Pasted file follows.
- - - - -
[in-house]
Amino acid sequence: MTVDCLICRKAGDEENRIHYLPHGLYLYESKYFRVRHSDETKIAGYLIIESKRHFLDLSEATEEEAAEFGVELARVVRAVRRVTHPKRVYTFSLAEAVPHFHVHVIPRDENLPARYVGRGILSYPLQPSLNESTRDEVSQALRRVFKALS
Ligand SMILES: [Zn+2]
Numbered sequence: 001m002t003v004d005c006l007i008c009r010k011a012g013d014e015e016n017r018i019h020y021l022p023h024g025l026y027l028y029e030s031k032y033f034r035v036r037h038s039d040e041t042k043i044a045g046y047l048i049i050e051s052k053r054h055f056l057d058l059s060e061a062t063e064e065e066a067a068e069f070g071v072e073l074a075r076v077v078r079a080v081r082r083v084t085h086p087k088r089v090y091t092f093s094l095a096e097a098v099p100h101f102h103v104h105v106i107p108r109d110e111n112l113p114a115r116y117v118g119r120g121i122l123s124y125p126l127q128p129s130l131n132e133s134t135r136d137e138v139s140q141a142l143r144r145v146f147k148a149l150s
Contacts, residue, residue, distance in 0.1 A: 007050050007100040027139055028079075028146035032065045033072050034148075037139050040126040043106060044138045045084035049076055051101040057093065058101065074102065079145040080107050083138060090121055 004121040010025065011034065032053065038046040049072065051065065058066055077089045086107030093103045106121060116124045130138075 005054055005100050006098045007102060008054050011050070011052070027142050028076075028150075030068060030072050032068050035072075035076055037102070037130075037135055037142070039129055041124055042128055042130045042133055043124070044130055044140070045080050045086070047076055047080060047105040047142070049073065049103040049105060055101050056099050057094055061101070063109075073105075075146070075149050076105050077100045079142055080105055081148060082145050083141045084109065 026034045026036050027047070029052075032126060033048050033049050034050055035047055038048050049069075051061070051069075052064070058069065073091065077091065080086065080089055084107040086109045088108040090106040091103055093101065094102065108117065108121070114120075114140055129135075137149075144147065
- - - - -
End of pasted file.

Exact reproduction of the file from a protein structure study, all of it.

[in-house]
Amino acid sequence: MTVDCLICRKAGDEENRIHYLPHGLYLYESKYFRVRHSDETKIAGYLIIESKRHFLDLSEATEEEAAEFGVELARVVRAVRRVTHPKRVYTFSLAEAVPHFHVHVIPRDENLPARYVGRGILSYPLQPSLNESTRDEVSQALRRVFKALS
Ligand SMILES: [Zn+2]
Numbered sequence: 001m002t003v004d005c006l007i008c009r010k011a012g013d014e015e016n017r018i019h020y021l022p023h024g025l026y027l028y029e030s031k032y033f034r035v036r037h038s039d040e041t042k043i044a045g046y047l048i049i050e051s052k053r054h055f056l057d058l059s060e061a062t063e064e065e066a067a068e069f070g071v072e073l074a075r076v077v078r079a080v081r082r083v084t085h086p087k088r089v090y091t092f093s094l095a096e097a098v099p100h101f102h103v104h105v106i107p108r109d110e111n112l113p114a115r116y117v118g119r120g121i122l123s124y125p126l127q128p129s130l131n132e133s134t135r136d137e138v139s140q141a142l143r144r145v146f147k148a149l150s
Contacts, residue, residue, distance in 0.1 A: 007050050007100040027139055028079075028146035032065045033072050034148075037139050040126040043106060044138045045084035049076055051101040057093065058101065074102065079145040080107050083138060090121055 004121040010025065011034065032053065038046040049072065051065065058066055077089045086107030093103045106121060116124045130138075 005054055005100050006098045007102060008054050011050070011052070027142050028076075028150075030068060030072050032068050035072075035076055037102070037130075037135055037142070039129055041124055042128055042130045042133055043124070044130055044140070045080050045086070047076055047080060047105040047142070049073065049103040049105060055101050056099050057094055061101070063109075073105075075146070075149050076105050077100045079142055080105055081148060082145050083141045084109065 026034045026036050027047070029052075032126060033048050033049050034050055035047055038048050049069075051061070051069075052064070058069065073091065077091065080086065080089055084107040086109045088108040090106040091103055093101065094102065108117065108121070114120075114140055129135075137149075144147065